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NY reps get Cuomo’s wrath
The politics of being a GOP House member in New York, never simple, are decidely more complicated with the progress toward passage of a massive GOP-backed change to the nation’s tax code that would devastate many New Yorkers.
And now the state’s governor is going all full-court press on them.
In a Wednesday conference call with editorial boards, Andrew M. Cuomo railed against even the New York GOP House members who voted against the tax cuts, demanding that if the final bill passes Congress, they should resign.
“It’s not enough to say, ‘I’m voting no,’ ” Cuomo said of Lee Zeldin and Peter King of Long Island, Dan Donovan of Staten Island, John Faso of the Hudson Valley and upstater Elise Stefanik.
Cuomo argued that the initial no votes of these representatives are a farce, and that they were given permission to oppose the bill by Speaker Paul Ryan because he did not need them to create a majority.
“It’s not enough to be allowed to vote against it — you have to stop it,” Cuomo said. “You have to force the leadership to stand down. And if that doesn’t work, if you can’t stop it, say you will resign.”
Despite Cuomo’s rant, the five are not leaving, but they will have to worry about whether voters next year are of the same mind.
Meanwhile, the four upstate New York House members who voted for the bill — also vulnerable to Cuomo and voter wrath — are getting air cover for helping Ryan muscle it through.
A national Republican organization has begun running supportive ads in their districts. The American Action Network is paying for a $2.5 million national TV and digital ad campaign, thanking 29 GOP representatives who voted for the the bill, including four in New York. They are Claudia Tenney, Tom Reed, John Katco and Chris Collins.
The ads, which are running in Ryan’s Wisconsin district, feature a couple from the speaker’s state touting all the benefits of the tax proposal, like a higher standard deduction.
We can’t wait for the Cuomo ads in Wisconsin advertising New York State cheddar.
Parking rule blocks protest
It’s not all that surprising that activists protesting the Republican tax plan would look to use Robert Mercer’s estate as their backdrop.
The Head of the Harbor billionaire and GOP donor spent years as a leader of the successful hedge fund Renaissance Technologies, which the Senate concluded in 2014 failed to pay nearly $7 billion in taxes.
So representatives of groups like New York Communities for Change and the Communication Workers of America showed up Wednesday at Mercer’s Owl’s Nest home, carrying banners saying the federal tax overhaul plan benefits the rich. They previously protested on the spot in March.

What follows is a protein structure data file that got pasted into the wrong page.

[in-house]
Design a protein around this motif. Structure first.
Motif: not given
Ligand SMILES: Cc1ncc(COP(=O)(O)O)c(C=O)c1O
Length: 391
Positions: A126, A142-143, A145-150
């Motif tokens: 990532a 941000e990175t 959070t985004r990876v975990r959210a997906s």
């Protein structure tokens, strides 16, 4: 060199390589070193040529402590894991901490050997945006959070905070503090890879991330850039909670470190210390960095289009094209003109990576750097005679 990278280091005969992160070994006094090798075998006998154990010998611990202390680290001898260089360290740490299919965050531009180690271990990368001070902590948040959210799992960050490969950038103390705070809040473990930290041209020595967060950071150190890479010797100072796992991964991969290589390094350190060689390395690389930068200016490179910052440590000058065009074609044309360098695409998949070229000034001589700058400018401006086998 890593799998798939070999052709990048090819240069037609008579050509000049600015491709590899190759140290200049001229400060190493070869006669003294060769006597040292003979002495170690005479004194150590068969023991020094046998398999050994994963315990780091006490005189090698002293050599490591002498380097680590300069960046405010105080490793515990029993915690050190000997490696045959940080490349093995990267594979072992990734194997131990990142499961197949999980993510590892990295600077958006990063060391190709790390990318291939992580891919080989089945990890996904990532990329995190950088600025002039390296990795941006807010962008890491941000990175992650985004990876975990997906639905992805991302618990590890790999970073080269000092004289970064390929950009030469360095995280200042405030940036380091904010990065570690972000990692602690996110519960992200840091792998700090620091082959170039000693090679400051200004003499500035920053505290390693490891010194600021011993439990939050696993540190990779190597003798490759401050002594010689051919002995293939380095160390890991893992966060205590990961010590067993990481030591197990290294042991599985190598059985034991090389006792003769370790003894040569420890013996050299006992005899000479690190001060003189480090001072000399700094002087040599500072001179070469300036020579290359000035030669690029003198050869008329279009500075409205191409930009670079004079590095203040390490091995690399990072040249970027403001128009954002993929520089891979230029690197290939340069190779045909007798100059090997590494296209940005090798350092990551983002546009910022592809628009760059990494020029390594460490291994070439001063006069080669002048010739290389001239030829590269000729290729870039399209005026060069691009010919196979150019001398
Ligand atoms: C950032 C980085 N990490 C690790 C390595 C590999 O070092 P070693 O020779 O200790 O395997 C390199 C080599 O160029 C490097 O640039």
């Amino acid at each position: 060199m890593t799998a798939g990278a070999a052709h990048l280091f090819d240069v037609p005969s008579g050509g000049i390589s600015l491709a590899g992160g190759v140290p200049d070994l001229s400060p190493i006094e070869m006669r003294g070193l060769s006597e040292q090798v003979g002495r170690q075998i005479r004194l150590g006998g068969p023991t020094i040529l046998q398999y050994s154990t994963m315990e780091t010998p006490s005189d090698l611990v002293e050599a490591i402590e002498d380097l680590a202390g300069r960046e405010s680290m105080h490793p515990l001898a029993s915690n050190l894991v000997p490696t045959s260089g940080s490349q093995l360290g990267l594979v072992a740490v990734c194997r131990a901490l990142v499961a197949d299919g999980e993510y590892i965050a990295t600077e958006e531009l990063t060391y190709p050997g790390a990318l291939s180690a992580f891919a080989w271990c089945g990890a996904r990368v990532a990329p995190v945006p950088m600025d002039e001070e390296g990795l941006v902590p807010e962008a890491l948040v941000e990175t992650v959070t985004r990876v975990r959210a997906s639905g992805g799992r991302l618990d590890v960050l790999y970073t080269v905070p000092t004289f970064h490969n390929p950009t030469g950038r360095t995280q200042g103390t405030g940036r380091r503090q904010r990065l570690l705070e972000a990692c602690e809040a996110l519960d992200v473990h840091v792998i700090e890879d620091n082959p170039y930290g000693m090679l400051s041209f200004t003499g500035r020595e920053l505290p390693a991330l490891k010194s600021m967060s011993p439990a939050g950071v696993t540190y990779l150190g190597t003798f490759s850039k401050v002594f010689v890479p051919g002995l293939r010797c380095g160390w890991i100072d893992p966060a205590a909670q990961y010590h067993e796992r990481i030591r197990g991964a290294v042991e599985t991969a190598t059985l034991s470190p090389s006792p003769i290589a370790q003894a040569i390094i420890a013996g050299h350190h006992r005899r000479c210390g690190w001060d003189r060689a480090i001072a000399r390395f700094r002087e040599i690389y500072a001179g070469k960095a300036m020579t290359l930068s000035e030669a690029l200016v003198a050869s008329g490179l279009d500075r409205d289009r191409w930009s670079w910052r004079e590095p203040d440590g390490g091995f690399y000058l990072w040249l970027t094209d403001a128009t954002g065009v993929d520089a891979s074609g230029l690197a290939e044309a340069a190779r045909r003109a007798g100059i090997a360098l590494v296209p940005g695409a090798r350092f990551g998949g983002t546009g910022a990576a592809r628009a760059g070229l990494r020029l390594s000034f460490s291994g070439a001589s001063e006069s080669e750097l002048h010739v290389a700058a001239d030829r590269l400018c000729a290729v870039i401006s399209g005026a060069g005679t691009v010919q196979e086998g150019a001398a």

But this time, it didn’t go as smoothly. Mercer’s front gate, adorned with owl statues, was blocked by police cars, says Lucas Sanchez, Long Island director for NYCC. Protesters were told that village ordinances prohibit street parking and picketing, says Sanchez.
Head of the Harbor Police Chief Charles Lohmann tells The Point he told the drivers they’d be ticketed if they left their cars on the narrow road. “This was a very cordial exchange with the folks,” Lohmann said. “I also made clear we’re not gonna stop them from protesting.” He says he likely mentioned the picketing ordinance, too, but the main issue was the parking. In a previous protest on the site, he says, there were fewer if any cars.
The village’s code prohibits parking unless specified by signs. Picketing or demonstrating “before any individual residence in the village” is also described as unlawful, and the document’s Peace and Good Order chapter notes, “A protest, demonstration or picket which has a single person or family as its target would unreasonably interfere with the well-being, tranquility and privacy of the home.” Lohmann says that in more than a year in his role as chief, he has not enforced the picketing ordinance.
Undaunted, the demonstrators moved elsewhere: a short drive to the headquarters of Renaissance, where their protest was unimpeded. Maybe next time they will Uber to Owl’s Nest.
Art of the Flynn deal
Arbitrating tax hikes
The legendary local labor arbitrator whose pro-union decisions have helped drive state and local taxes in New York through the roof is publicly fuming about the GOP tax bill that would take away the federal deductions for those taxes.
Martin Scheinman, whose decisions as the head of numerous arbitration panels increased the salaries of New York police officers, teachers and firefighters tremendously and rewarded them with ultra-generous benefits, took to Facebook to criticize the legislation in Congress. Unlike Gov. Andrew M. Cuomo, who wants GOP members of Congress from New York to resign if they can’t defeat the tax overhaul, Scheinman wants them to become Democrats.
If those deductions disappear, the cost of high local taxes would escalate dramatically for New Yorkers — who in the past at least could say, “They’re deductible.”
For two decades, Scheinman headed separate arbitration panels for Long Island county and village police forces that repeatedly led to huge wins for the unions, as each group’s new deal leapfrogged previous awards he had granted. He also oversaw such decisions for unions representing teachers and firefighters.
“Its absurd to hear ‘these states are wasteful and deserve this treatment,’ ” Scheinman wrote in his public Facebook post. “These states take care of the less fortunate, invest in healthcare and education, address the environment and provide vital services.” So much so that property taxes here are about four times the national average, even though home values are only about double the national average.
If the deductions go away, the pressure on local governments to stop raising or even to lower taxes will be extreme. And that would clearly be bad for the arbitration business.